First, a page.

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Winter 1-1978


This aerial image of downtown Charleston has Meeting St. running diagonally across the picture plane. St. Michael’s Church (1752-61) is at center left, is significant because it is the oldest religious structure in the city. It was designed by an architect by the name of Gibson (Simons & Lapham) and continues to be an active Episcopal church.

Just up the street is the Fireproof Building, also known as the County Records Building. It was built in 1822 and is the country’s oldest surviving fireproof building. The architect, Robert Mills, relied primarily on removing combustible materials to make the building fireproof. It features stairwells lit by a central skylight. Some of the buildings plans were altered on site by John Spidle, the construction architect.

Across the street is Hibernian Hall (1840), which was used in the Democratic Convention of 1860. The front of the building features and Ionic portico with a gilded Irish harp over the door, and indicator of the Hibernian Society’s original function as a group to aid Irish imigrants.

On the horizon, just before the harbor, is the Fort Sumter Hotel, completed in the 1920s as a luxury hotel and later turned into residential housing.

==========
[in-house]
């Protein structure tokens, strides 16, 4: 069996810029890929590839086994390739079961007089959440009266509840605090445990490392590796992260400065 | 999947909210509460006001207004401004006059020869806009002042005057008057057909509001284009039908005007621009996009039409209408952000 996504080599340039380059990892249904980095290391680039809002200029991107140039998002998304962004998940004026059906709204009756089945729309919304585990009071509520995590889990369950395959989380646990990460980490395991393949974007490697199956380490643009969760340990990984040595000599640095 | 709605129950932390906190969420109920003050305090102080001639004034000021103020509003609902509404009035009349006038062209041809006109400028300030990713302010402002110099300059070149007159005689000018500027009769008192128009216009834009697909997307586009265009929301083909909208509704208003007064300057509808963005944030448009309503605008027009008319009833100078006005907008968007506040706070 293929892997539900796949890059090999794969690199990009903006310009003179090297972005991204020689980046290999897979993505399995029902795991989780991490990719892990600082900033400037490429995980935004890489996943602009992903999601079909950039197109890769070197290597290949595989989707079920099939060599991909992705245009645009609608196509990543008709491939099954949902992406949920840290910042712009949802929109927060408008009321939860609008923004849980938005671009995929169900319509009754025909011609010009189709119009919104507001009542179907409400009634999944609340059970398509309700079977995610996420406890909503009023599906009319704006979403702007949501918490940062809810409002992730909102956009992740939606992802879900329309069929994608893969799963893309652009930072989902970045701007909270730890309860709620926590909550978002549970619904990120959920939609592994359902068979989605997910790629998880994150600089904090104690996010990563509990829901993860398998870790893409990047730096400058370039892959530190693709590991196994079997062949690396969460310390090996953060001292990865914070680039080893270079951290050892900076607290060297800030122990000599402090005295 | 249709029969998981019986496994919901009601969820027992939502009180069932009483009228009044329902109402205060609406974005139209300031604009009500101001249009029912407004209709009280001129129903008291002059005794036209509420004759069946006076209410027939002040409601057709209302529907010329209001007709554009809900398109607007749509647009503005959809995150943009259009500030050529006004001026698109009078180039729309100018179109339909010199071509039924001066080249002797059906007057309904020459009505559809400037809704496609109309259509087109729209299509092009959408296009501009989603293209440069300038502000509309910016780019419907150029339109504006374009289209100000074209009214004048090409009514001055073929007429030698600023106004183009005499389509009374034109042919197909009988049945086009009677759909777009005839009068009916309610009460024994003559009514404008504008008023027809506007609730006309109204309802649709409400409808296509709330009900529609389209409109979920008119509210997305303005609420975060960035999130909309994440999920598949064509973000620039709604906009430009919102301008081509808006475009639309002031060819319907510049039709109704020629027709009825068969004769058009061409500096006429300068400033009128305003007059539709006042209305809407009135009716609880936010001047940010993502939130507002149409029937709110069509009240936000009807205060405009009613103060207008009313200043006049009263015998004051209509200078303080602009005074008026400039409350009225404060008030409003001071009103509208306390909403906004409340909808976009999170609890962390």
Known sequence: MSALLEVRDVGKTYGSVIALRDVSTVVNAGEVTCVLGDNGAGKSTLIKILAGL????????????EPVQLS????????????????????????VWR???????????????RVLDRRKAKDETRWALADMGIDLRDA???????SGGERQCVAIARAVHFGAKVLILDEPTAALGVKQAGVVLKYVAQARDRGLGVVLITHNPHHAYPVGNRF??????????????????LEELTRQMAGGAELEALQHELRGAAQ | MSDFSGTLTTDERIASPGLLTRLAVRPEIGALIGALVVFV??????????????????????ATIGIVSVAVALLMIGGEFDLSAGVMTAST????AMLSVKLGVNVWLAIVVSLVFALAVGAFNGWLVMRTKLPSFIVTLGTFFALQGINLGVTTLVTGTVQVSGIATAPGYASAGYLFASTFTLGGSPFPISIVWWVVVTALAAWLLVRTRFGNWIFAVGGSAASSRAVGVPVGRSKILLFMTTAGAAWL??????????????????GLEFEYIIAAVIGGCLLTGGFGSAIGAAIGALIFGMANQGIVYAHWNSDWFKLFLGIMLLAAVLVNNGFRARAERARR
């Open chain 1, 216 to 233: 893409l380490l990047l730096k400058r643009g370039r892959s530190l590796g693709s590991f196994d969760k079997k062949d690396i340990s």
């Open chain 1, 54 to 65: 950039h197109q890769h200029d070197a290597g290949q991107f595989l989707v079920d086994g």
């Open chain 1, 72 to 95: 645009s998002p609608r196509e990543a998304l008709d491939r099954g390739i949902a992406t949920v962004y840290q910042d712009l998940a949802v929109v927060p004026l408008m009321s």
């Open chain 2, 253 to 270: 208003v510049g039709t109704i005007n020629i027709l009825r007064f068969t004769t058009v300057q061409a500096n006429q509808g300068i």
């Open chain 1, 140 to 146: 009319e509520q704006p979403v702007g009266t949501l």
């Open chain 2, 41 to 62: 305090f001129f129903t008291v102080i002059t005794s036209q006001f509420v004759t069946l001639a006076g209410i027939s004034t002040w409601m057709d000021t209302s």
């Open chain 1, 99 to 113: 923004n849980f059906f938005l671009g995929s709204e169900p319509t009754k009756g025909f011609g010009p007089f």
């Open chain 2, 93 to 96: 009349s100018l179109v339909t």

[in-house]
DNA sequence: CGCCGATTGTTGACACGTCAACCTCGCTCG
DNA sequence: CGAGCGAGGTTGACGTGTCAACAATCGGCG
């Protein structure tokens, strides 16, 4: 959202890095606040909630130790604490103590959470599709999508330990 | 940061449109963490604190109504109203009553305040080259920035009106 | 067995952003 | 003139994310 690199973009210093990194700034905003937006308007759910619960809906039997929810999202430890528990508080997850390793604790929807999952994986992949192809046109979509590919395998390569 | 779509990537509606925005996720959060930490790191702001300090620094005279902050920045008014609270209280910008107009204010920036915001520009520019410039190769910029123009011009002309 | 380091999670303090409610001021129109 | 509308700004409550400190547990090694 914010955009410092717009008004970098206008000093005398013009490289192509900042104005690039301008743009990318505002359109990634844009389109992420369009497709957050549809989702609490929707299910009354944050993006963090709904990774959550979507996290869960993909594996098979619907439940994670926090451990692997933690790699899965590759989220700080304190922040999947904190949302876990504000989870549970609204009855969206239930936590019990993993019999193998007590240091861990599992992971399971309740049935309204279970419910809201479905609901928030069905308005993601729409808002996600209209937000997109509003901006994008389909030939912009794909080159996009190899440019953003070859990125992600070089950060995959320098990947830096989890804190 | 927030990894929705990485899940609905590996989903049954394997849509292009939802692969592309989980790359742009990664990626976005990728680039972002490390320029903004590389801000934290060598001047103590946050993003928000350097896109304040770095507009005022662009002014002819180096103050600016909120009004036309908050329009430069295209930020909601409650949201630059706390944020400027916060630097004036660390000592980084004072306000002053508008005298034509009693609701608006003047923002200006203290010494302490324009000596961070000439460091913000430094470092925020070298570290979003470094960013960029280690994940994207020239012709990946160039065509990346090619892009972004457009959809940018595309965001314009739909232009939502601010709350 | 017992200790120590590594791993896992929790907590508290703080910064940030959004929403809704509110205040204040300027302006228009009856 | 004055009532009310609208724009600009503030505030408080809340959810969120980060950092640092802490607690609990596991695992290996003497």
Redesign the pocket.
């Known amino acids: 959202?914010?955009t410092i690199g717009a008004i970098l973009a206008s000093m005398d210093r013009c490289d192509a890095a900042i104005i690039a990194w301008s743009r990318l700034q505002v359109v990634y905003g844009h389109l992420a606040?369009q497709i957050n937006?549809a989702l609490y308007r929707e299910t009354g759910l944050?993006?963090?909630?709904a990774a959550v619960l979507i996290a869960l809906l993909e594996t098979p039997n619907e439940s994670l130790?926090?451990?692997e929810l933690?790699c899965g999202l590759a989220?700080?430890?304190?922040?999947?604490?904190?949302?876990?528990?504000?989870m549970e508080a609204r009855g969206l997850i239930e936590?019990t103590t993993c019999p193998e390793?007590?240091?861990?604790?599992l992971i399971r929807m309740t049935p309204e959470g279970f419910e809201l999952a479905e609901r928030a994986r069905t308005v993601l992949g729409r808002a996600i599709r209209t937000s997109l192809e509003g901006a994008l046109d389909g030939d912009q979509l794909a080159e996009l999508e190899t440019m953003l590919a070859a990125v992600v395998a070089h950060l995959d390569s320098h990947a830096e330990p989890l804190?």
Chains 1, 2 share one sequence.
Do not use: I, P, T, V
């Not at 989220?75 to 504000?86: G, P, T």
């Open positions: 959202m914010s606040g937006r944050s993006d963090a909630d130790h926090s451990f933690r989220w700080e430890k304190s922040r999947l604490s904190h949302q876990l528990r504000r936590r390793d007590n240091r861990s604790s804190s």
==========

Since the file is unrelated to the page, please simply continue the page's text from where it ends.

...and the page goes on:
Simons, Albert and Lapham, Samuel. The Early Architecture of Charleston. (Columbia: University of South Carolina Press, 1970)

Poston, Jonathan H. The Buildings of Charleston: A Guide to the City’s Architecture. (Columbia: University of South Carolina Press, 1997) pp. 186-187,_South_Carolina%29 (accessed 30 Nov 2011)

(accessed 30 Nov 2011)

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Subject Headings

Aerial photography -- South Carolina -- Charleston; Charleston, S.C. -- Aerial photographs; Aerial photography in city planning -- South Carolina -- Charleston;Architecture -- 19th century; Architecture -- 20th century;

Country Name

United States of America

Region Name

South Carolina

City Name


Street Address

Meeting Street


aerial, land use, Meeting St, historic, neoclassicism, religious buildings